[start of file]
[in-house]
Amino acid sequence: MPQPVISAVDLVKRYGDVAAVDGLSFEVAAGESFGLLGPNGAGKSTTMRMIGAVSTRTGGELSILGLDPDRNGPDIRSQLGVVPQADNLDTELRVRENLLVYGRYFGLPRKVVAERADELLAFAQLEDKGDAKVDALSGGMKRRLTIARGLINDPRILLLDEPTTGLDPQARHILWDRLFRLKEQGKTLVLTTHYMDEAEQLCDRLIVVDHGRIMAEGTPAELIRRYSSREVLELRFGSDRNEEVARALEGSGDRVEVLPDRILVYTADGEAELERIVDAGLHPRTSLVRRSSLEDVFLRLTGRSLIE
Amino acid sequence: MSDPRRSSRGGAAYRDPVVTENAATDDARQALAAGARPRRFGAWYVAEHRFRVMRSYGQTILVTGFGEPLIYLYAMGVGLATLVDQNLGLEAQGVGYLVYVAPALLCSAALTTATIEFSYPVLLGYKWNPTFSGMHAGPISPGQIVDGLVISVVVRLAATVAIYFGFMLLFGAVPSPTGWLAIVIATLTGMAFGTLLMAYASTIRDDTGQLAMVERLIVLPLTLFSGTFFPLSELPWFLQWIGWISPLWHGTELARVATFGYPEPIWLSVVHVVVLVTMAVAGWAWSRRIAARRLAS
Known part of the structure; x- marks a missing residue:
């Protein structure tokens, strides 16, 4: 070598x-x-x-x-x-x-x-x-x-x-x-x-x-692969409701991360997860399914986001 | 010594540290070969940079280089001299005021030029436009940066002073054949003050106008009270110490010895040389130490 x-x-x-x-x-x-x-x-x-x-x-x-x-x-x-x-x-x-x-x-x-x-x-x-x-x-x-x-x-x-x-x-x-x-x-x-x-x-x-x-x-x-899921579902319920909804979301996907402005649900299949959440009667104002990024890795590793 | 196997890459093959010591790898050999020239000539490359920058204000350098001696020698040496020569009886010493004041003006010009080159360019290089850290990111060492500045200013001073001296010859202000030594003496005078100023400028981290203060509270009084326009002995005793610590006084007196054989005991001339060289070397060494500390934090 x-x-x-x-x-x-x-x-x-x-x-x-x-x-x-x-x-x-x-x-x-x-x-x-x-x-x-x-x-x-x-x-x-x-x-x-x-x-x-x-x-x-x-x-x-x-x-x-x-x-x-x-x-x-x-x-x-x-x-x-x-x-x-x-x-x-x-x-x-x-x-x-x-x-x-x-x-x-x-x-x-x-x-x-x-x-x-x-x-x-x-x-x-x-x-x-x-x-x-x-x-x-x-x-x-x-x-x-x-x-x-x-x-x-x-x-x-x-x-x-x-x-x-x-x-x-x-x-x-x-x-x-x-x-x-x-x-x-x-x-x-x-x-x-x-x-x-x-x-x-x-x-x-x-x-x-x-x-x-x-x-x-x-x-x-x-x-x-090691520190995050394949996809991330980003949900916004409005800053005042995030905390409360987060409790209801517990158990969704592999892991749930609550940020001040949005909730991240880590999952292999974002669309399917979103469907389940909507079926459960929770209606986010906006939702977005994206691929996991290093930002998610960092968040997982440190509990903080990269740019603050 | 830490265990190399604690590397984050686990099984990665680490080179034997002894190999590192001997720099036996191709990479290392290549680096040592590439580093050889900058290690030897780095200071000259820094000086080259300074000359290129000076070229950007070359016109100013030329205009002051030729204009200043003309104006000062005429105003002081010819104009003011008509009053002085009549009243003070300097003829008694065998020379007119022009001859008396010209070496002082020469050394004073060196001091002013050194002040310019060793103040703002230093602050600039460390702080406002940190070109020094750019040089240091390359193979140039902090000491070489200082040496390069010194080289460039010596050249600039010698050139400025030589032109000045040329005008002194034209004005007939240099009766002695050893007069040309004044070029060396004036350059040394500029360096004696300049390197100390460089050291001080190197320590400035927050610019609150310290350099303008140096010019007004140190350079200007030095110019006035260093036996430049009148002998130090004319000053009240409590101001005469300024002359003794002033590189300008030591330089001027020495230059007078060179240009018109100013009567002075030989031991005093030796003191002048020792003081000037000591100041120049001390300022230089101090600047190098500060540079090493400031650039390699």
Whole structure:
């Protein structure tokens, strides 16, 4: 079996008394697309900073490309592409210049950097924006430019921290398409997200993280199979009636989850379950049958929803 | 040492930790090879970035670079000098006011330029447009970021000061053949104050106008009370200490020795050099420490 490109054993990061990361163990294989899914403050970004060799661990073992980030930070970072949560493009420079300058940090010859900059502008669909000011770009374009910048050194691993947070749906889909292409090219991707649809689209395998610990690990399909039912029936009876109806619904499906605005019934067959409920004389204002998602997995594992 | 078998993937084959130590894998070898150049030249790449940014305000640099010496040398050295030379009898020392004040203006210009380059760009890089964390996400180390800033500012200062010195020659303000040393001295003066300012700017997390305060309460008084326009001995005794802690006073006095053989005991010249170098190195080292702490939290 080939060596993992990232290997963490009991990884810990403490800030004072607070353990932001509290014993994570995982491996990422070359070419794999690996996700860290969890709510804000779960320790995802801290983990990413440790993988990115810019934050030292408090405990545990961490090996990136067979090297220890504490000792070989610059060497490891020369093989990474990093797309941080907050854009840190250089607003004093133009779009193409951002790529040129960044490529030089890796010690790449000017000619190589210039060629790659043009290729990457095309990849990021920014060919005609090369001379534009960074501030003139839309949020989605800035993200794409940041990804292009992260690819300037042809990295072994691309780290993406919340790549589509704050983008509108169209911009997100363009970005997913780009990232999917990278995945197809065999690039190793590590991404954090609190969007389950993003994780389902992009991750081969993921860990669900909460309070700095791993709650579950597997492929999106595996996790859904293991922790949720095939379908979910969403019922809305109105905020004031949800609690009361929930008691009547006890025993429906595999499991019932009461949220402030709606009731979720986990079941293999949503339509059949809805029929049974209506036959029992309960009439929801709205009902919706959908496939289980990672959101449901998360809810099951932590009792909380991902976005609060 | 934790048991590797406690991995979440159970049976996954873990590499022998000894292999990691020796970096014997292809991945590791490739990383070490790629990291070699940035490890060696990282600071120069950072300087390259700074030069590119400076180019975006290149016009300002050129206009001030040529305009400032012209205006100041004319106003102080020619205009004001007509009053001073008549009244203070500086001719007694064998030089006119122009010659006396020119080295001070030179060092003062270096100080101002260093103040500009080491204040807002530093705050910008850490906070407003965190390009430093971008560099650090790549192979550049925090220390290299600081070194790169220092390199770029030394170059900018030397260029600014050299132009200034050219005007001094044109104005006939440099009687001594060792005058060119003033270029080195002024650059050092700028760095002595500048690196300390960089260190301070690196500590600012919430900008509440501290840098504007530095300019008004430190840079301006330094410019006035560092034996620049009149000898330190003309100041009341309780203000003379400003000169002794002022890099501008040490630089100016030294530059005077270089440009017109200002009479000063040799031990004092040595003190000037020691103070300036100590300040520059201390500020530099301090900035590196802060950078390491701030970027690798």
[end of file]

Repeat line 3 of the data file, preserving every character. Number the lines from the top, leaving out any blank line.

Amino acid sequence: MSDPRRSSRGGAAYRDPVVTENAATDDARQALAAGARPRRFGAWYVAEHRFRVMRSYGQTILVTGFGEPLIYLYAMGVGLATLVDQNLGLEAQGVGYLVYVAPALLCSAALTTATIEFSYPVLLGYKWNPTFSGMHAGPISPGQIVDGLVISVVVRLAATVAIYFGFMLLFGAVPSPTGWLAIVIATLTGMAFGTLLMAYASTIRDDTGQLAMVERLIVLPLTLFSGTFFPLSELPWFLQWIGWISPLWHGTELARVATFGYPEPIWLSVVHVVVLVTMAVAGWAWSRRIAARRLAS